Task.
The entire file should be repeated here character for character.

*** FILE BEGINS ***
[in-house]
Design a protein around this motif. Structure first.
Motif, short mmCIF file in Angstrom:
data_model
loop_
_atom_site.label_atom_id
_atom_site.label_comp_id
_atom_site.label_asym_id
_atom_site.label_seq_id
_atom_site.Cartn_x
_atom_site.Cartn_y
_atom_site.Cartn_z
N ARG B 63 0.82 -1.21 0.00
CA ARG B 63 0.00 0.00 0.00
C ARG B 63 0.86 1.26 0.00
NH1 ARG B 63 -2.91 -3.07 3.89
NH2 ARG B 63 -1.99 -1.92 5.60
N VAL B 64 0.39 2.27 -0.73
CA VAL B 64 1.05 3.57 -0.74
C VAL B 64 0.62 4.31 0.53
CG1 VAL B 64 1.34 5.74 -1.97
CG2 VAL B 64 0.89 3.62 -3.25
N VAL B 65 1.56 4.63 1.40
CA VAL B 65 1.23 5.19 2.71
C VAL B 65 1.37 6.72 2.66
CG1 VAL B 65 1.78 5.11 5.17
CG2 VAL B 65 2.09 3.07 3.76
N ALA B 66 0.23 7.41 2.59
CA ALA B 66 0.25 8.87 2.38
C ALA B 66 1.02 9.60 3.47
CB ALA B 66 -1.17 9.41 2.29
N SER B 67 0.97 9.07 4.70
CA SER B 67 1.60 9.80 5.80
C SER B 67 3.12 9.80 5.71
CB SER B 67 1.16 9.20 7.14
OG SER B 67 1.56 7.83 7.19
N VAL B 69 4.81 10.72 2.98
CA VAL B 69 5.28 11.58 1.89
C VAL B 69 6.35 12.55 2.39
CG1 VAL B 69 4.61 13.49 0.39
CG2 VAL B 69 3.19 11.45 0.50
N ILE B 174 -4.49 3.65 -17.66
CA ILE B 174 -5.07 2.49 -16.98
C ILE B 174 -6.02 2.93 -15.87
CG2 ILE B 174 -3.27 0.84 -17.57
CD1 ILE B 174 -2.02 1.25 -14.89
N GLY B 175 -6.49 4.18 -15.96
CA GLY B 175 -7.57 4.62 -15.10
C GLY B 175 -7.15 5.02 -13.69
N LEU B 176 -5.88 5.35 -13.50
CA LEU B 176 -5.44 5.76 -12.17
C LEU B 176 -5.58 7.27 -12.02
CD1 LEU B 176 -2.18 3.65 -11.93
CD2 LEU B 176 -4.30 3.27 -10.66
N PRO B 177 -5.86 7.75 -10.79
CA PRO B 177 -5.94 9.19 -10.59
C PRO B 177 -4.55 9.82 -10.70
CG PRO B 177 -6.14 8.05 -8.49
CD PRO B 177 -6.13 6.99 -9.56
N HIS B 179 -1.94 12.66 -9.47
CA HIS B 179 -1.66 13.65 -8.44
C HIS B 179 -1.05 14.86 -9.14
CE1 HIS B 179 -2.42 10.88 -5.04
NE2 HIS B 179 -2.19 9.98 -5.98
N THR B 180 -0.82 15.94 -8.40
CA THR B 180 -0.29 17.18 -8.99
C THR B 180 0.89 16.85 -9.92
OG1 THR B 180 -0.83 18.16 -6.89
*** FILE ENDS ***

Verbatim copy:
[in-house]
Design a protein around this motif. Structure first.
Motif, short mmCIF file in Angstrom:
data_model
loop_
_atom_site.label_atom_id
_atom_site.label_comp_id
_atom_site.label_asym_id
_atom_site.label_seq_id
_atom_site.Cartn_x
_atom_site.Cartn_y
_atom_site.Cartn_z
N ARG B 63 0.82 -1.21 0.00
CA ARG B 63 0.00 0.00 0.00
C ARG B 63 0.86 1.26 0.00
NH1 ARG B 63 -2.91 -3.07 3.89
NH2 ARG B 63 -1.99 -1.92 5.60
N VAL B 64 0.39 2.27 -0.73
CA VAL B 64 1.05 3.57 -0.74
C VAL B 64 0.62 4.31 0.53
CG1 VAL B 64 1.34 5.74 -1.97
CG2 VAL B 64 0.89 3.62 -3.25
N VAL B 65 1.56 4.63 1.40
CA VAL B 65 1.23 5.19 2.71
C VAL B 65 1.37 6.72 2.66
CG1 VAL B 65 1.78 5.11 5.17
CG2 VAL B 65 2.09 3.07 3.76
N ALA B 66 0.23 7.41 2.59
CA ALA B 66 0.25 8.87 2.38
C ALA B 66 1.02 9.60 3.47
CB ALA B 66 -1.17 9.41 2.29
N SER B 67 0.97 9.07 4.70
CA SER B 67 1.60 9.80 5.80
C SER B 67 3.12 9.80 5.71
CB SER B 67 1.16 9.20 7.14
OG SER B 67 1.56 7.83 7.19
N VAL B 69 4.81 10.72 2.98
CA VAL B 69 5.28 11.58 1.89
C VAL B 69 6.35 12.55 2.39
CG1 VAL B 69 4.61 13.49 0.39
CG2 VAL B 69 3.19 11.45 0.50
N ILE B 174 -4.49 3.65 -17.66
CA ILE B 174 -5.07 2.49 -16.98
C ILE B 174 -6.02 2.93 -15.87
CG2 ILE B 174 -3.27 0.84 -17.57
CD1 ILE B 174 -2.02 1.25 -14.89
N GLY B 175 -6.49 4.18 -15.96
CA GLY B 175 -7.57 4.62 -15.10
C GLY B 175 -7.15 5.02 -13.69
N LEU B 176 -5.88 5.35 -13.50
CA LEU B 176 -5.44 5.76 -12.17
C LEU B 176 -5.58 7.27 -12.02
CD1 LEU B 176 -2.18 3.65 -11.93
CD2 LEU B 176 -4.30 3.27 -10.66
N PRO B 177 -5.86 7.75 -10.79
CA PRO B 177 -5.94 9.19 -10.59
C PRO B 177 -4.55 9.82 -10.70
CG PRO B 177 -6.14 8.05 -8.49
CD PRO B 177 -6.13 6.99 -9.56
N HIS B 179 -1.94 12.66 -9.47
CA HIS B 179 -1.66 13.65 -8.44
C HIS B 179 -1.05 14.86 -9.14
CE1 HIS B 179 -2.42 10.88 -5.04
NE2 HIS B 179 -2.19 9.98 -5.98
N THR B 180 -0.82 15.94 -8.40
CA THR B 180 -0.29 17.18 -8.99
C THR B 180 0.89 16.85 -9.92
OG1 THR B 180 -0.83 18.16 -6.89